According to the World Health Organization (WHO), cataracts are a leading cause of blindness worldwide, with a rate of 51%.
The disease is defined as the presence of a partial or total opacity affecting the lens (small natural lens) of one or both eyes, affecting the quality of vision.
As a result, light cannot properly penetrate through the eyes. The result is images with low sharpness, blurry, whitish and even yellowish.
The factors that cause cataracts are varied: family history; exposure of the eyes to ultraviolet rays; frequent conducting of X-rays; radiation therapy treatment; excessive consumption of alcohol and tobacco; Excessive use of topical corticosteroids in the form of eye drops or systemically; various diseases (diabetes, hypothyroidism and autoimmune diseases); eye diseases (glaucoma and retinal detachment); eye trauma and injuries; low levels of antioxidants (vitamin C, vitamin D and carotenoids), among others.
Despite all these causes, cataracts are much more associated with aging. After the age of 40, the eye is subject to natural changes. Proteins present in lenses begin to oxidize, leading to some vision changes.
Data from the Brazilian Institute of Geography and Statistics (IBGE) shows that about 30% of Brazilians over 60 years old suffer from this disease. Digging the data even further, people aged 65-74 make up 33.9%. 55.5% of those affected by cataracts are older than 75 years.
So these numbers clearly show that the frequency and severity of cataracts increases with age.
Also in the Brazilian scenario, the Northeast is the region where most cases of the disease are found (39.3%), followed by Mid-West (38.3%), North (38.1%), Southeast (33, 2%) and South (28.3%).
The discrepancy can also be observed in gender. Studies have already shown that women are the biggest victims of cataracts at 38.6% compared to 29.4% of men.
Why are cataracts more common in women?
The 9.2% difference in cataract cases between women and men is quite telling and can be explained by a few determining factors.
During the menstrual cycle, a woman’s body experiences spikes in estrogen, the female sex hormone. This accelerates the process of clouding of the lens, which causes cataracts.
Another important point is that many women undergo hormone replacement therapy for menopausal symptoms, mostly in their 45s and 50s.
This leads to a significant increase in the production of C-reactive protein, which is also associated with the signs of cataracts.
A 2017 survey by the International Diabetes Federation found that the disease is more common in women (10%) than men (7.8%).
This can be explained by menopause – hormonal changes that cause blood sugar levels to rise – and more complex social issues.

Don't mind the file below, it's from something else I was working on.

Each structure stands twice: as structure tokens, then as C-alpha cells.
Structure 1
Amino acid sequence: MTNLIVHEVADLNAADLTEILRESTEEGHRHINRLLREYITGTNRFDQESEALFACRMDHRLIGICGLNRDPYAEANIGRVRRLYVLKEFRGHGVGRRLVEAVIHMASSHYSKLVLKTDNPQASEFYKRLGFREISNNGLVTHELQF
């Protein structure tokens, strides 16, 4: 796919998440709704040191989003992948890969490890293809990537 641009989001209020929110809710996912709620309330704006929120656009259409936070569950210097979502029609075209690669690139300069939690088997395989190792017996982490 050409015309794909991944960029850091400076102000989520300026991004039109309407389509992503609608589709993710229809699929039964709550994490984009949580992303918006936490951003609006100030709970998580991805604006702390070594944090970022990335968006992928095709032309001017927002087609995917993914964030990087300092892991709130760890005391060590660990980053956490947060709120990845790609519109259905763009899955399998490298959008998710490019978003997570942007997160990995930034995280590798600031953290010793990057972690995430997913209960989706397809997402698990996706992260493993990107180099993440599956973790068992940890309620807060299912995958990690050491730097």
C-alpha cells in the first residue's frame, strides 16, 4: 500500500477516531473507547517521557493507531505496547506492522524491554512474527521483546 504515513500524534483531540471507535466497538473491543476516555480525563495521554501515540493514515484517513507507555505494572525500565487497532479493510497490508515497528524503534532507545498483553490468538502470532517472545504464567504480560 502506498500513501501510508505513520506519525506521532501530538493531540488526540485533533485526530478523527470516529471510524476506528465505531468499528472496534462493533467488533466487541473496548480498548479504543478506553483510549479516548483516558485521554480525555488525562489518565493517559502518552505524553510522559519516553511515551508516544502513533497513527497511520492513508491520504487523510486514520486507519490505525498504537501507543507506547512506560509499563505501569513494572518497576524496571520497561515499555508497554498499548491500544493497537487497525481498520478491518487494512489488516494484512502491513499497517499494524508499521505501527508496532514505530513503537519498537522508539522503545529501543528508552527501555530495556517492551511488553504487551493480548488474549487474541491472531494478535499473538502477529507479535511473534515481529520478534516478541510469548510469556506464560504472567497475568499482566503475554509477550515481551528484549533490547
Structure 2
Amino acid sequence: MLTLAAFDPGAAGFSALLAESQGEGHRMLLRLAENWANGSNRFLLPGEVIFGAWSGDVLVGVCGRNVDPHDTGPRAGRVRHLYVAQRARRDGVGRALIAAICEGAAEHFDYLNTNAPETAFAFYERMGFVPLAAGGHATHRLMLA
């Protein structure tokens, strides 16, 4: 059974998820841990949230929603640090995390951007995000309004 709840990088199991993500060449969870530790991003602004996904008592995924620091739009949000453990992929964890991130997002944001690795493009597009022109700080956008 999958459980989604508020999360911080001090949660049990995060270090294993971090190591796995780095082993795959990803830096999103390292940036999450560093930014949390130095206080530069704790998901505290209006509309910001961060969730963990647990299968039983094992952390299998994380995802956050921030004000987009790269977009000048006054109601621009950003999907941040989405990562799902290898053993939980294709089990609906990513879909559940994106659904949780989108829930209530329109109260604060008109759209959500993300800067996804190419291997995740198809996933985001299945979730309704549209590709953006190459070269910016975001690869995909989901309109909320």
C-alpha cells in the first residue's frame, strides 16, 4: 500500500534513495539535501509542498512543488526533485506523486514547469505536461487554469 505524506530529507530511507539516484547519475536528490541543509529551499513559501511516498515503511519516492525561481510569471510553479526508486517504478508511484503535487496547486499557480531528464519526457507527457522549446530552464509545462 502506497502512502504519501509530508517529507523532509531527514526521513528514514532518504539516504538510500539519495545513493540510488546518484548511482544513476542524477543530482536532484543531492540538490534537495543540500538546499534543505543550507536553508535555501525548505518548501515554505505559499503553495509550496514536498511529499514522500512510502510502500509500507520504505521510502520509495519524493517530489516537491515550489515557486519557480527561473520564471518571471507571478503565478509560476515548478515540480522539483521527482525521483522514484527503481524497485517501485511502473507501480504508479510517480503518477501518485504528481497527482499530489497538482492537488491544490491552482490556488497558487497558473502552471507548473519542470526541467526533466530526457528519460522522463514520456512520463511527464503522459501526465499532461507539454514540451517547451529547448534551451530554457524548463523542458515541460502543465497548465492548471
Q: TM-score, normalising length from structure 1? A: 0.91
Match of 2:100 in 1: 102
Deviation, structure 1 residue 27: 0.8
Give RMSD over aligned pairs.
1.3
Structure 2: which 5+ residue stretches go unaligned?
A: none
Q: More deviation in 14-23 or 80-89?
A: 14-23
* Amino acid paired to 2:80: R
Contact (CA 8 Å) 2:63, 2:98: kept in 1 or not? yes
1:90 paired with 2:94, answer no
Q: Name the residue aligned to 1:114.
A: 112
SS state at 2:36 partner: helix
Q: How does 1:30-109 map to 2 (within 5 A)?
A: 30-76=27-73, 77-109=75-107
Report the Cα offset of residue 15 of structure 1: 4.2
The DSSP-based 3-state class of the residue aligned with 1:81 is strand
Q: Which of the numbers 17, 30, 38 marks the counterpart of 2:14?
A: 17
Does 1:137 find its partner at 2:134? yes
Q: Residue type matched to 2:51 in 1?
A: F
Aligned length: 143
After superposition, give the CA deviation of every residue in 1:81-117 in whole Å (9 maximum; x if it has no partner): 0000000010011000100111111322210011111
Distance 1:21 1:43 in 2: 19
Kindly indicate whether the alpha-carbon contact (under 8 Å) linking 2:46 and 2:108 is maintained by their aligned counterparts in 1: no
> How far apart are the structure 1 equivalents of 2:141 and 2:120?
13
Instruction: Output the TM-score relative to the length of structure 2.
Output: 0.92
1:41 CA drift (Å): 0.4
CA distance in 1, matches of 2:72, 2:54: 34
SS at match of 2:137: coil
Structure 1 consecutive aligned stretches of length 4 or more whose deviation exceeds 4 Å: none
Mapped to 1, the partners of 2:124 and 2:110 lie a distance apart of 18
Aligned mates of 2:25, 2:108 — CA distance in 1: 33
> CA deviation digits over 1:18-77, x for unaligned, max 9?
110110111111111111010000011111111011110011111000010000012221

The Institute for Applied Economic Research (IPEA) also revealed in 2017 that Brazilian women work 7.5 hours more than men, a consequence of the so-called double shift (work and housekeeping).
Although there are no studies that actually show the link between this situation and the greater development of diabetes in women, experts say that stress and fatigue are elements that, yes, create more risks of developing various health problems.
In this way, women who are more likely to have diabetes are also more prone to cataracts.
In 2021, the IBGE announced that female life expectancy is higher than that of males – 80.3 years versus 73.3 years. The difference is 7 years.
Since cataracts are a disease that predominantly affects older people, it is natural that women are most affected as they have a longer lifespan.
The only known form of treatment for cataracts is surgery. To date, there are no drugs or alternative therapies capable of reversing the disease.
The operation consists in replacing the lens with an intraocular lens, as if it were an ocular prosthesis. Since cataract surgery is the most commonly performed in the world, it is a procedure that can be considered simple, as can its recovery.
With local anesthesia in the form of eye drops, the patient can go home on the day of the operation and only feels a slight discomfort, which usually disappears after a short time.
Despite the myths that it is necessary to wait until the cataract is at a more advanced stage to treat it, it is ideal that the treatment is carried out as soon as possible in order to increase the chances of success and a faster recovery to increase.
Left untreated, cataracts can lead to permanent blindness. The Integrated Eye Clinic has created a section (or hub) solely focused on cataracts, covering all relevant information on the subject such as causes, symptoms, treatment, etc.